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Moated site north-west of Pinwall

List Entry Summary

This monument is scheduled under the Ancient Monuments and Archaeological Areas Act 1979 as amended as it appears to the Secretary of State to be of national importance. This entry is a copy, the original is held by the Department for Culture, Media and Sport.

Name: Moated site north-west of Pinwall

List entry Number: 1009235


The monument may lie within the boundary of more than one authority.

County: Leicestershire

District: Hinckley and Bosworth

District Type: District Authority

Parish: Sheepy

National Park: Not applicable to this List entry.

Grade: Not applicable to this List entry.

Date first scheduled: 13-Jan-1993

Date of most recent amendment: Not applicable to this List entry.

Legacy System Information

The contents of this record have been generated from a legacy data system.

Legacy System: RSM

UID: 17065

Asset Groupings

This list entry does not comprise part of an Asset Grouping. Asset Groupings are not part of the official record but are added later for information.

List entry Description

Summary of Monument

Legacy Record - This information may be included in the List Entry Details.

Reasons for Designation

A monastic grange was a farm owned and run by a monastic community and independent of the secular manorial system of communal agriculture and servile labour. The function of granges was to provide food and raw materials for consumption within the parent monastic house itself, and also to provide surpluses for sale for profit. The first monastic granges appeared in the 12th century but they continued to be constructed and used until the Dissolution. This system of agriculture was pioneered by the Cistercian order but was soon imitated by other orders. Some granges were worked by resident lay-brothers (secular workers) of the order but others were staffed by non-resident labourers. The majority of granges practised a mixed economy but some were specialist in their function. Five types of grange are known: agrarian farms, bercaries (sheep farms), vaccaries (cattle ranches), horse studs and industrial complexes. A monastery might have more than one grange and the wealthiest houses had many. Frequently a grange was established on lands immediately adjacent to the monastery, this being known as the home grange. Other granges, however, could be found wherever the monastic site held lands. On occasion these could be located at some considerable distance from the parent monastery. Granges are broadly comparable with contemporary secular farms although the wealth of the parent house was frequently reflected in the size of the grange and the layout and architectural embellishment of the buildings. Additionally, because of their monastic connection, granges tend to be much better documented than their secular counterparts. No region was without monastic granges. The exact number of sites which originally existed is not precisely known but can be estimated, on the basis of numbers of monastic sites, at several thousand. Of these, however, only a small percentage can be accurately located on the ground today. Of this group of identifiable sites, continued intensive use of many has destroyed much of the evidence of archaeological remains. In view of the importance of granges to medieval rural and monastic life, all sites exhibiting good archaeological survival are identified as nationally important.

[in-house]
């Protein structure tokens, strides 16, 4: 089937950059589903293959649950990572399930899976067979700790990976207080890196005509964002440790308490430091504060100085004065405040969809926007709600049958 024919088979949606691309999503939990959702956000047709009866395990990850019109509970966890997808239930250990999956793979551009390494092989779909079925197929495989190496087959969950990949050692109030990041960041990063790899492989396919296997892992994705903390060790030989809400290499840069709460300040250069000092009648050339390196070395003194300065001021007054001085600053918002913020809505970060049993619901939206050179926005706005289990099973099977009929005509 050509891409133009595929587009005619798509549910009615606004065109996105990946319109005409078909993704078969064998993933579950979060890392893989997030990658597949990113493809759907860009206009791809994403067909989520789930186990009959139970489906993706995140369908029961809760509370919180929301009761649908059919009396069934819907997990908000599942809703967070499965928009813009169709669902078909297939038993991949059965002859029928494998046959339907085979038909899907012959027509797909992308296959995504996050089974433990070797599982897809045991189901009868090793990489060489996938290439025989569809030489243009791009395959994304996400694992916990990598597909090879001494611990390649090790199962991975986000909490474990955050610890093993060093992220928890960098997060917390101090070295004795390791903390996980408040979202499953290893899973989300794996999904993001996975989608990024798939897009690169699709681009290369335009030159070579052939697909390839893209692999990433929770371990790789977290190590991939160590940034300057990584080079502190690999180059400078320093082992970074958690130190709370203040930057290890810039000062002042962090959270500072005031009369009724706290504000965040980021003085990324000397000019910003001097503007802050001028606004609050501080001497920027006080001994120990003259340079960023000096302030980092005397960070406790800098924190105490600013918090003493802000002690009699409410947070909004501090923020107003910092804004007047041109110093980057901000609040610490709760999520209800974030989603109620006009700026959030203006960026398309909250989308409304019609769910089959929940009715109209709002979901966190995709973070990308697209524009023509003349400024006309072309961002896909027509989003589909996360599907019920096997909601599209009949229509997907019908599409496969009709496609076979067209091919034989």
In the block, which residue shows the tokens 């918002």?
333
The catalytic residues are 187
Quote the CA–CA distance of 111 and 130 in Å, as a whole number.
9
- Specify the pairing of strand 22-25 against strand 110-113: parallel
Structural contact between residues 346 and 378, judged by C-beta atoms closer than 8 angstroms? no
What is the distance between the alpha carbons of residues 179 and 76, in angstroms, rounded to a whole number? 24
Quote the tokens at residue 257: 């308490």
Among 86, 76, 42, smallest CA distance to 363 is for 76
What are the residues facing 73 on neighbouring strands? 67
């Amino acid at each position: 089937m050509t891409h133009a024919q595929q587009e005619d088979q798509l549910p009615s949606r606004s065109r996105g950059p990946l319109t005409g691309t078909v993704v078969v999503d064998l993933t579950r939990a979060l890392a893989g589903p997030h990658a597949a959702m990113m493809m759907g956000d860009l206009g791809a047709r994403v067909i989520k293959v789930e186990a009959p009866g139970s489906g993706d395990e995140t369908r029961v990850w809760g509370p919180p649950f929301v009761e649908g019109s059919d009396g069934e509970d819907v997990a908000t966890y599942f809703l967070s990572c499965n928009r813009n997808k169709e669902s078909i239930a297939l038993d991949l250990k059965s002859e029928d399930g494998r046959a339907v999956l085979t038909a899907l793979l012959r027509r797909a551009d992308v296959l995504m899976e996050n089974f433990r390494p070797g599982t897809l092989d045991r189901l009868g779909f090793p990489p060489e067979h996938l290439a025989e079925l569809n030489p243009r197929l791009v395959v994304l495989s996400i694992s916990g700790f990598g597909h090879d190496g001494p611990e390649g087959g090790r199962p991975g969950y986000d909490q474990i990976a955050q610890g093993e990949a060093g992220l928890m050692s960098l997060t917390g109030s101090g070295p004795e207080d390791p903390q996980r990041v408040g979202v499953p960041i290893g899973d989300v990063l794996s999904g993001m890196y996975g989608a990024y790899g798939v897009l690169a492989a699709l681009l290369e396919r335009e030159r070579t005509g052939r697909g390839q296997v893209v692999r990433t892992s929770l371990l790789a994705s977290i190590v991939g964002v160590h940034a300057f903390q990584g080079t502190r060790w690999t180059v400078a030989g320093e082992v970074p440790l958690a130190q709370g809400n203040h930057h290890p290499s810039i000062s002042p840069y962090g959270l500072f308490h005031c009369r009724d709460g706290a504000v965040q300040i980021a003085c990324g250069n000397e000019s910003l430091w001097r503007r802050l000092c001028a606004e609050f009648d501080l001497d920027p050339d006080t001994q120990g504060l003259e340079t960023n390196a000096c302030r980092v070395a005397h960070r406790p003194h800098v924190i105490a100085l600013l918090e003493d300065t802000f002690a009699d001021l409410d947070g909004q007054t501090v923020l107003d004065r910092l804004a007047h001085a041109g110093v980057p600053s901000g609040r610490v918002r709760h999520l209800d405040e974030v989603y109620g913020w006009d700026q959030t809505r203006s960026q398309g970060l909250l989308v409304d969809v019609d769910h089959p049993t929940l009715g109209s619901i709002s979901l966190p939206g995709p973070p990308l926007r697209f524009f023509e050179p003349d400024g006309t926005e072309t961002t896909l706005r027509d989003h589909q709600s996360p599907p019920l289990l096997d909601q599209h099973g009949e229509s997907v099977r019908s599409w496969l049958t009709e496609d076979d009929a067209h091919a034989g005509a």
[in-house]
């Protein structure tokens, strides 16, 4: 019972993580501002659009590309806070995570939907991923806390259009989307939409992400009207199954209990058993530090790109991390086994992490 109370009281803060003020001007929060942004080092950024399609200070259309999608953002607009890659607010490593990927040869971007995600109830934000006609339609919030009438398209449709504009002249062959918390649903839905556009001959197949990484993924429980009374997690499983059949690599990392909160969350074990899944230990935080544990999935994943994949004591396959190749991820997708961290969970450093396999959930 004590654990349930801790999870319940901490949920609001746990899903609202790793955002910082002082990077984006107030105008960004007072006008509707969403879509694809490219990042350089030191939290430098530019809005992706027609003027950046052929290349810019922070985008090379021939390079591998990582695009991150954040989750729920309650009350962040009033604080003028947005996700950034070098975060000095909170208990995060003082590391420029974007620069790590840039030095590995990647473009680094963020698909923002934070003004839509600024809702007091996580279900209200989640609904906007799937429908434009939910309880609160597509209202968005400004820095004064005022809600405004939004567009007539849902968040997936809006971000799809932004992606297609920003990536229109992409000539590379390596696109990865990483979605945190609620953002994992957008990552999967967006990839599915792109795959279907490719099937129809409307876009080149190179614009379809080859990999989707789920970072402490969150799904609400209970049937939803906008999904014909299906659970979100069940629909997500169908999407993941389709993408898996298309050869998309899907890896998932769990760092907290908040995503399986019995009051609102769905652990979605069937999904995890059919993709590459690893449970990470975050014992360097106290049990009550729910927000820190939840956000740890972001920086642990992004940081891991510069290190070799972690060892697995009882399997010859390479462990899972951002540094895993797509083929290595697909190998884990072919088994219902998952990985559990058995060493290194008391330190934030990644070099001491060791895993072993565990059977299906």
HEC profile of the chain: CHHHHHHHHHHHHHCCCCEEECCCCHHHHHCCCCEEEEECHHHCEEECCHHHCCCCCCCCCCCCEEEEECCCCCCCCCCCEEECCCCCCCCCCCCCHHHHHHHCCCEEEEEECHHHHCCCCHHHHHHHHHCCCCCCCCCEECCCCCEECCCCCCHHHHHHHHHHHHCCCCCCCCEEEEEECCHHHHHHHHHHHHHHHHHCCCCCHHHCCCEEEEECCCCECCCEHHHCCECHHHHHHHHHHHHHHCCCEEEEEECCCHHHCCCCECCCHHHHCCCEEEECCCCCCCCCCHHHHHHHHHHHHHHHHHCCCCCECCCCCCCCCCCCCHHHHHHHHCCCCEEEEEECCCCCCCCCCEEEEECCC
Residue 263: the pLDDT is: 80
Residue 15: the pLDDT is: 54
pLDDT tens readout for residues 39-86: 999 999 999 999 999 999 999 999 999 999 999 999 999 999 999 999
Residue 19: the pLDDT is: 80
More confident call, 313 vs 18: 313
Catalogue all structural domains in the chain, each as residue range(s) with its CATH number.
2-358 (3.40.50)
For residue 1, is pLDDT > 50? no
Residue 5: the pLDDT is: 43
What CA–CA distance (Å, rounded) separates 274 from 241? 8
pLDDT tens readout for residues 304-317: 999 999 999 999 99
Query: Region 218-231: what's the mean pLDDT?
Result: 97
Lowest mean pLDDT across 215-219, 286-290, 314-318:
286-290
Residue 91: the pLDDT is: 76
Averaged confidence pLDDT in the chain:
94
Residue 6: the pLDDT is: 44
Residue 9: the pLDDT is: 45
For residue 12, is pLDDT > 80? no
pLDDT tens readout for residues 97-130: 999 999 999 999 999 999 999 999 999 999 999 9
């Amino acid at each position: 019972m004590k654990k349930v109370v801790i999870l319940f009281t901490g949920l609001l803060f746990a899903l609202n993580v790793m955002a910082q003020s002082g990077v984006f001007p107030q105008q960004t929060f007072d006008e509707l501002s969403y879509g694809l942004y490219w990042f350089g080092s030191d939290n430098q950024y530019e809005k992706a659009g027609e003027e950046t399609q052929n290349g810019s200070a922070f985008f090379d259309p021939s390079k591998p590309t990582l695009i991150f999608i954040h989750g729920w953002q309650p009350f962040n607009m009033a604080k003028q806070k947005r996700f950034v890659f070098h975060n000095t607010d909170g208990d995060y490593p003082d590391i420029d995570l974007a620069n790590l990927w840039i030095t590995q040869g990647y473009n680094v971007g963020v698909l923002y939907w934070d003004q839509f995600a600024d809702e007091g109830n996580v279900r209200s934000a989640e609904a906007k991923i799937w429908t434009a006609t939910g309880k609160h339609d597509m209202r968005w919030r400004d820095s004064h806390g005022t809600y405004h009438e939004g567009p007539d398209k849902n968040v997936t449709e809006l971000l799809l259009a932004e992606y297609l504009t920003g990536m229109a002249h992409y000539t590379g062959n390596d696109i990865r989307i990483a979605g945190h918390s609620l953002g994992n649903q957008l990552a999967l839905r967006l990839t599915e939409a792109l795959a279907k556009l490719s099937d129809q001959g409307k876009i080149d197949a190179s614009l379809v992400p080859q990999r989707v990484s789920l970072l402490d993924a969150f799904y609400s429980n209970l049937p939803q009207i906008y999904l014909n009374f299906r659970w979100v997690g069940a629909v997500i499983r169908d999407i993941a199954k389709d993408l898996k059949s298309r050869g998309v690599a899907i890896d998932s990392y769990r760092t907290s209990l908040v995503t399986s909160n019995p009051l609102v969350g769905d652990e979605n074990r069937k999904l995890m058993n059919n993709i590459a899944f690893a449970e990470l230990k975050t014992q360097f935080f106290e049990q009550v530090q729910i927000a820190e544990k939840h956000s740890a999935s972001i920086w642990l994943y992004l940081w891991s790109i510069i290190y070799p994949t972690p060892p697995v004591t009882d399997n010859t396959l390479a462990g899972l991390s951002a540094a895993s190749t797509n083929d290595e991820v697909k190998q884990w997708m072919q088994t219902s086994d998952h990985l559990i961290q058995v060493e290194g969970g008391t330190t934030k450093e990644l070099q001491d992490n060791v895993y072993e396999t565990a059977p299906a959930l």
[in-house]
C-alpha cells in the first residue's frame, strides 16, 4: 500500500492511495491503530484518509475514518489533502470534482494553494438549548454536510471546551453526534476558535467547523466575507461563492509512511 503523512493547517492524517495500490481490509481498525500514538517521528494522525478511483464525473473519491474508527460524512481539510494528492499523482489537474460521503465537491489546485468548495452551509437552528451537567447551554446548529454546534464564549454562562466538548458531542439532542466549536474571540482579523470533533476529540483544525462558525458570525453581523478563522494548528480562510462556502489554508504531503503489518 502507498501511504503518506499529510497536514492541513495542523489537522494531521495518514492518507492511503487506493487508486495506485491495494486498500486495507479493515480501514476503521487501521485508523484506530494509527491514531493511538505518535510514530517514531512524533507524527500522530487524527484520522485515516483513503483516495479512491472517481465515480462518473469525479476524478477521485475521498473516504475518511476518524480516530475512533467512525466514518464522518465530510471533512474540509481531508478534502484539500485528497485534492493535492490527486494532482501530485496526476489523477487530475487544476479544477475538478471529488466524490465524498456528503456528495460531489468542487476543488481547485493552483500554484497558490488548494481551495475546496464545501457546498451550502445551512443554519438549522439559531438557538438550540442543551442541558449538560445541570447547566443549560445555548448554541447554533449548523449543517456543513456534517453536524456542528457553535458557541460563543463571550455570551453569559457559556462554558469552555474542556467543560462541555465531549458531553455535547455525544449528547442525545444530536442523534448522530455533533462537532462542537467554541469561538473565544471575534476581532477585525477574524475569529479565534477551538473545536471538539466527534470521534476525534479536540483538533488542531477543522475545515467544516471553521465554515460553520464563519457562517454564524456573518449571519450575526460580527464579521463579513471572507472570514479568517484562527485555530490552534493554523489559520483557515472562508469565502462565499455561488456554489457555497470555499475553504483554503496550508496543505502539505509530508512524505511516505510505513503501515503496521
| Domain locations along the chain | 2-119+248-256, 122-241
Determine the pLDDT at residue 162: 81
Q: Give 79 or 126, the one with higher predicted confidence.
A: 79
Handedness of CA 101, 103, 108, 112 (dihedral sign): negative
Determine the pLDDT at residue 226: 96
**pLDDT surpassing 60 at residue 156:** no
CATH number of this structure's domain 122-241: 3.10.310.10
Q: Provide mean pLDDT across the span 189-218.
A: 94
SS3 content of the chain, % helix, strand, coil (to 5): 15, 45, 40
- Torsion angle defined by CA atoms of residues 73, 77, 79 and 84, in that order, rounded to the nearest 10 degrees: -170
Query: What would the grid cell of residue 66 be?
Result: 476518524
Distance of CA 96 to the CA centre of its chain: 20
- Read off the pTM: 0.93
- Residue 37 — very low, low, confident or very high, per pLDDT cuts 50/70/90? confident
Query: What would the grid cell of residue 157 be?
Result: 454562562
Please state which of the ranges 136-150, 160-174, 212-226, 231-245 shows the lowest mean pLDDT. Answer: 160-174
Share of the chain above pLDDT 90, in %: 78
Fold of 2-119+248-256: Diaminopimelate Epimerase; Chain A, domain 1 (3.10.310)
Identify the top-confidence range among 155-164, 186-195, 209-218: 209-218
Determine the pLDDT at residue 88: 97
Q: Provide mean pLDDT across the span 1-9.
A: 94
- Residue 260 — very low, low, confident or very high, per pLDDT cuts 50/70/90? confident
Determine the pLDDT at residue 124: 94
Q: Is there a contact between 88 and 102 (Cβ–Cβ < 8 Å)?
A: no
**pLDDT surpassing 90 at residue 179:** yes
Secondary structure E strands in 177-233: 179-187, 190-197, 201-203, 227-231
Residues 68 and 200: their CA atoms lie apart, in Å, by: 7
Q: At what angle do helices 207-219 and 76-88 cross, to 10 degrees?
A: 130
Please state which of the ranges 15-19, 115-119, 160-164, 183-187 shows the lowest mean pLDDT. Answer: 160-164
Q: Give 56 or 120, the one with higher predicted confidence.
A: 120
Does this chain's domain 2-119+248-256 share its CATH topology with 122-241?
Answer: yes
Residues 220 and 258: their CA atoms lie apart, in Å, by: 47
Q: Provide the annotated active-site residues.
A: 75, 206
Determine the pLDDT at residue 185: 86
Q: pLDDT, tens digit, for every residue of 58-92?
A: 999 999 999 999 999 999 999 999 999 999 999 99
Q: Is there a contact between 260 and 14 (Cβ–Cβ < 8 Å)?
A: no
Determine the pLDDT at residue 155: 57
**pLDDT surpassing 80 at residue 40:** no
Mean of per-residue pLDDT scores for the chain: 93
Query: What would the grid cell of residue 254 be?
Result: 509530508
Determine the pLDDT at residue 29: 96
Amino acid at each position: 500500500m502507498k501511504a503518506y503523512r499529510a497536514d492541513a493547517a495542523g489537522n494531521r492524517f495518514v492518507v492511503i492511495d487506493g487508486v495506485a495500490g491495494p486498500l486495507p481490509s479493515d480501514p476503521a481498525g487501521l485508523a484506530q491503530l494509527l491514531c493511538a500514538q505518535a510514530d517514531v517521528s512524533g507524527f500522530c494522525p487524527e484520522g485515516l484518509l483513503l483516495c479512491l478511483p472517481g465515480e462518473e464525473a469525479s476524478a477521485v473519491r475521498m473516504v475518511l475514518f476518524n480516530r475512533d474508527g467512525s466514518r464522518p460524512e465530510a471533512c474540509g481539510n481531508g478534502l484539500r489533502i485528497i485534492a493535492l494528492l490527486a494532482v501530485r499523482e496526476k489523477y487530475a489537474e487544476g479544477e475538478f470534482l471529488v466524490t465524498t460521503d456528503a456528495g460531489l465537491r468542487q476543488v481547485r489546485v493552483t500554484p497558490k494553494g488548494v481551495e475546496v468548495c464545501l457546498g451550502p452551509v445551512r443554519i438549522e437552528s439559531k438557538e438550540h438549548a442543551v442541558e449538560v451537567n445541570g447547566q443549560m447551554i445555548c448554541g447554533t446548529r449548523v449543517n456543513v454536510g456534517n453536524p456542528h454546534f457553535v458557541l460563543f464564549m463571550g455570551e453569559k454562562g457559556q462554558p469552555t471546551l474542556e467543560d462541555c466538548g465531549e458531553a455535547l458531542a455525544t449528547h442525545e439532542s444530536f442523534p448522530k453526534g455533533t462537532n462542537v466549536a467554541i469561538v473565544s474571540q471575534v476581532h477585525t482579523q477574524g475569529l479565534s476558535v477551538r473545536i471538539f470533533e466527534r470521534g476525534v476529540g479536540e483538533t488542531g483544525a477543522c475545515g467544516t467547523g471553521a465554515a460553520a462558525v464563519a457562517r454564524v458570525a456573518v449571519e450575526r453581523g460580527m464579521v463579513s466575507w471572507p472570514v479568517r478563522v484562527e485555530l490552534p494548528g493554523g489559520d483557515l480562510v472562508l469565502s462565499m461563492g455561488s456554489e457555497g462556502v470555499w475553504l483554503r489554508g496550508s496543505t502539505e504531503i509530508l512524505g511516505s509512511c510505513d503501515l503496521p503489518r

The moated grange site at Pinwall survives well and has important connections with Merevale Abbey in Warwickshire. It is considered that the moat island contains the foundations of monastic grange buildings.


Legacy Record - This information may be included in the List Entry Details.


The monument at Pinwall includes a moated grange located 2km north of Atherstone. The rectangular moat measures 150 x 80m overall and was fed by a small stream on the north side which forms the northern arm of the moat. This is up to 2m deep and divided by a partial causeway in the centre. On the south side the moat ran into a second stream via a 20m wide ditch situated mid-way along the southern arm of the moat. Water still stands in the western arm of the moat which is up to 12m wide. The eastern arm measures about 1m deep and 10m wide with the faint trace of an outer bank. The southern arm of the moat is an average of 10m wide and survives to a depth of 0.5m on the south-west side and 0.75m on the south-east. A further channel also joined the moat at the south-eastern corner. Two large depressions are evident on the moat island, one of which is the result of later quarrying. It is considered that a central hollow, approximately 1m deep, 25m wide and 40m long, formed the cellar of a building, which stood within the moat. Pinwall Grange was a grange farm of Merevale Abbey located in north Warwickshire. An extant tithe barn at Newhouse Grange 2km to the north-east may have been part of the same monastic holding. A tile kiln described as `near the grange' is mentioned in 1550.

MAP EXTRACT The site of the monument is shown on the attached map extract. It includes a 2 metre boundary around the archaeological features, considered to be essential for the monument's support and preservation.

Selected Sources

Leicestershire Sites and Monuments Record, (1940)

National Grid Reference: SK 30475 00563


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The above map is for quick reference purposes only and may not be to scale. For a copy of the full scale map, please see the attached PDF - 1009235 .pdf

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This copy shows the entry on 17-Dec-2017 at 03:49:35.

End of official listing